Her research centers on the conceptual foundations of neuroscience and theories of perception. In particular, she explores how our understanding of mind and brain would be different if we were looking at the sense of smell.
My research engages with a deceptively simple question: Have you ever wondered how you smell? Not to the noses of other people, but how your brain responds to the most ephemeral chemical signals and catapults them into consciousness. My work focuses on the chemical senses and probes ways to apply philosophical ideas to empirical research on how we should model perception and cognition in the brain.
Specifically, my research explores how our theories of perception and the brain would be different if we were looking at smell instead of the sensory paradigm in neuroscience and philosophy, vision.
I explore what olfaction can tell us about the human mind based on two areas of focus:
- The investigation of the perceptual and cultural dimensions of smell and its link to cognition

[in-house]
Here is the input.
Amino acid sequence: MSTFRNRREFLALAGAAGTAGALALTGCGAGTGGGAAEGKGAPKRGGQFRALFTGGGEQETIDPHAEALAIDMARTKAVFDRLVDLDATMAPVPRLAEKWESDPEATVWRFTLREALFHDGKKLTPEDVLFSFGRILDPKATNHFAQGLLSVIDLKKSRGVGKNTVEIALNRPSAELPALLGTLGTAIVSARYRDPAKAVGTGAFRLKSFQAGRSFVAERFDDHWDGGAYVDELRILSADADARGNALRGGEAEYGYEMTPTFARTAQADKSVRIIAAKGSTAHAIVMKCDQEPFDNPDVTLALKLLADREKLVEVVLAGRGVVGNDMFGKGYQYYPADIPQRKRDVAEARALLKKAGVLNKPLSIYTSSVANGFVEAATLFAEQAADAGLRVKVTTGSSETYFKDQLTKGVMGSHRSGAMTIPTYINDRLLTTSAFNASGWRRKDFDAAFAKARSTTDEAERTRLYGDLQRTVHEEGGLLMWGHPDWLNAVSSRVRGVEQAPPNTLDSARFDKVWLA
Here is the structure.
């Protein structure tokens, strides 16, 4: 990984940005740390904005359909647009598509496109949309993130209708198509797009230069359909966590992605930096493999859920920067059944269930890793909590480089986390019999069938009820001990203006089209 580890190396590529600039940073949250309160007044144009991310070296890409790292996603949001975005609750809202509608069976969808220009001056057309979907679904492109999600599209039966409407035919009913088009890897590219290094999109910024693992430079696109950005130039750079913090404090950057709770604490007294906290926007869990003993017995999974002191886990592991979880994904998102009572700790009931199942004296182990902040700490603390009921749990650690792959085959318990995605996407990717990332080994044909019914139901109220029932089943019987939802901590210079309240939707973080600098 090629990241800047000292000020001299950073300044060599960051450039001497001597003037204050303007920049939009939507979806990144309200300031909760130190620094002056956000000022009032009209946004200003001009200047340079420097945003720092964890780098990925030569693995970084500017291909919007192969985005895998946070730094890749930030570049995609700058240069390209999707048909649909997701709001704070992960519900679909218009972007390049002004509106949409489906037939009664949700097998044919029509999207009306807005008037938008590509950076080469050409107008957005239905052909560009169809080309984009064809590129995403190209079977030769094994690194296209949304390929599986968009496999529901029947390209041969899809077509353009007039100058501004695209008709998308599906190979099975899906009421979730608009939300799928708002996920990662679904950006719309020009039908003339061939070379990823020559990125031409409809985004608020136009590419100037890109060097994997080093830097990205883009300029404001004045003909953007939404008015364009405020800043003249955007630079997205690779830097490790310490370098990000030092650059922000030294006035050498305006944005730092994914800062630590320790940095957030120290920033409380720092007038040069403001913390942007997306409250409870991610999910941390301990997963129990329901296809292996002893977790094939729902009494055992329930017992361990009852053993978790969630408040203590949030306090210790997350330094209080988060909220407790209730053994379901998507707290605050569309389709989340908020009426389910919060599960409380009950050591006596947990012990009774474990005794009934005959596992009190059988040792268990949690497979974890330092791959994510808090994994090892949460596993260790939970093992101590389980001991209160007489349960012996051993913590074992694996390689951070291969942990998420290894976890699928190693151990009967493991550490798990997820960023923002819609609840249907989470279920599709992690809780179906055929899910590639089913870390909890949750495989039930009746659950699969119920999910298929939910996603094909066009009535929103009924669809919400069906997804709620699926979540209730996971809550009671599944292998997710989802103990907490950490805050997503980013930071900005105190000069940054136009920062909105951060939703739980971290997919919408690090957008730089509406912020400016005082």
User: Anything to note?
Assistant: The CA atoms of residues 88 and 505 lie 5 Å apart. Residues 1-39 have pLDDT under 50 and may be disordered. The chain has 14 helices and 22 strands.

- The role of scientific expertise in laboratory-based neuroscience
- Sensory Perception and Psychology; History and Philosophy of Neuroscience; Olfaction
My research in the Philosophy of Olfaction investigates:
- How does the brain make sense of scents?
- What are the perceptual dimensions of smell?
- What are the epistemic, empirical, and social factors that define ongoing science (in comparison with the philosophical study of historical episodes)?
Specialization in neurophilosophy and olfaction.
Skills and Expertise:
- Process Modeling
- Historical Analysis
- History and Philosophy of Science
- Molecular Biology
- Philosophy of Psychology